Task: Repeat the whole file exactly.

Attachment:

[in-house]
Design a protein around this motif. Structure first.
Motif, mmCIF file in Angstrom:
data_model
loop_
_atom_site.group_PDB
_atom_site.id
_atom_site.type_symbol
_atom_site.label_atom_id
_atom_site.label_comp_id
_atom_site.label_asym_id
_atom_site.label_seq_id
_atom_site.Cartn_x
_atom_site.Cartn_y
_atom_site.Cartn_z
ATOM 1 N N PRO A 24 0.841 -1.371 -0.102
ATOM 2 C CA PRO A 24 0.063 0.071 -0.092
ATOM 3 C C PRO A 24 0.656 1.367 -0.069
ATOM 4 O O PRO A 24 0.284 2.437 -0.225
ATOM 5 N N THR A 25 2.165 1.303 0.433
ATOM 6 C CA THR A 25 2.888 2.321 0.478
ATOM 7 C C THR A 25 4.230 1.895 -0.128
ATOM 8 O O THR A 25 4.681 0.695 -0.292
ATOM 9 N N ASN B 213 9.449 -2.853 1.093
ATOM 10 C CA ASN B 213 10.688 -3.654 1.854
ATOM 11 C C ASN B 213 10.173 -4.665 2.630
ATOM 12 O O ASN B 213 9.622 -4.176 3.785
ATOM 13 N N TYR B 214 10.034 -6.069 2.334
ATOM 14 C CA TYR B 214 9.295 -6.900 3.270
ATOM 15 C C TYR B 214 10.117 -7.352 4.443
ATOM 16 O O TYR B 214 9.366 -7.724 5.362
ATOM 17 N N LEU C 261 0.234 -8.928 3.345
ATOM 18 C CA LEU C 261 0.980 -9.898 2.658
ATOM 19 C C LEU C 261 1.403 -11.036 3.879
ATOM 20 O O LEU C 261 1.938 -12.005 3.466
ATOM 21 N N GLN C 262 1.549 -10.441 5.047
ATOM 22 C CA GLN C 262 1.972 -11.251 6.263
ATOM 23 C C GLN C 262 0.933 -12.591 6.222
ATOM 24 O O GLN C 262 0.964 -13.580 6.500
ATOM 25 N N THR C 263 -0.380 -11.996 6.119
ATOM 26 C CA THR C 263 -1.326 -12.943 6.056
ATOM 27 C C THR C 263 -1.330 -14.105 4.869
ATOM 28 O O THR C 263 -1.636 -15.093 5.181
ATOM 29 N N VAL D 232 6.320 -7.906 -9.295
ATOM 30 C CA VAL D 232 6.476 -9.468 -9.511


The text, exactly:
[in-house]
Design a protein around this motif. Structure first.
Motif, mmCIF file in Angstrom:
data_model
loop_
_atom_site.group_PDB
_atom_site.id
_atom_site.type_symbol
_atom_site.label_atom_id
_atom_site.label_comp_id
_atom_site.label_asym_id
_atom_site.label_seq_id
_atom_site.Cartn_x
_atom_site.Cartn_y
_atom_site.Cartn_z
ATOM 1 N N PRO A 24 0.841 -1.371 -0.102
ATOM 2 C CA PRO A 24 0.063 0.071 -0.092
ATOM 3 C C PRO A 24 0.656 1.367 -0.069
ATOM 4 O O PRO A 24 0.284 2.437 -0.225
ATOM 5 N N THR A 25 2.165 1.303 0.433
ATOM 6 C CA THR A 25 2.888 2.321 0.478
ATOM 7 C C THR A 25 4.230 1.895 -0.128
ATOM 8 O O THR A 25 4.681 0.695 -0.292
ATOM 9 N N ASN B 213 9.449 -2.853 1.093
ATOM 10 C CA ASN B 213 10.688 -3.654 1.854
ATOM 11 C C ASN B 213 10.173 -4.665 2.630
ATOM 12 O O ASN B 213 9.622 -4.176 3.785
ATOM 13 N N TYR B 214 10.034 -6.069 2.334
ATOM 14 C CA TYR B 214 9.295 -6.900 3.270
ATOM 15 C C TYR B 214 10.117 -7.352 4.443
ATOM 16 O O TYR B 214 9.366 -7.724 5.362
ATOM 17 N N LEU C 261 0.234 -8.928 3.345
ATOM 18 C CA LEU C 261 0.980 -9.898 2.658
ATOM 19 C C LEU C 261 1.403 -11.036 3.879
ATOM 20 O O LEU C 261 1.938 -12.005 3.466
ATOM 21 N N GLN C 262 1.549 -10.441 5.047
ATOM 22 C CA GLN C 262 1.972 -11.251 6.263
ATOM 23 C C GLN C 262 0.933 -12.591 6.222
ATOM 24 O O GLN C 262 0.964 -13.580 6.500
ATOM 25 N N THR C 263 -0.380 -11.996 6.119
ATOM 26 C CA THR C 263 -1.326 -12.943 6.056
ATOM 27 C C THR C 263 -1.330 -14.105 4.869
ATOM 28 O O THR C 263 -1.636 -15.093 5.181
ATOM 29 N N VAL D 232 6.320 -7.906 -9.295
ATOM 30 C CA VAL D 232 6.476 -9.468 -9.511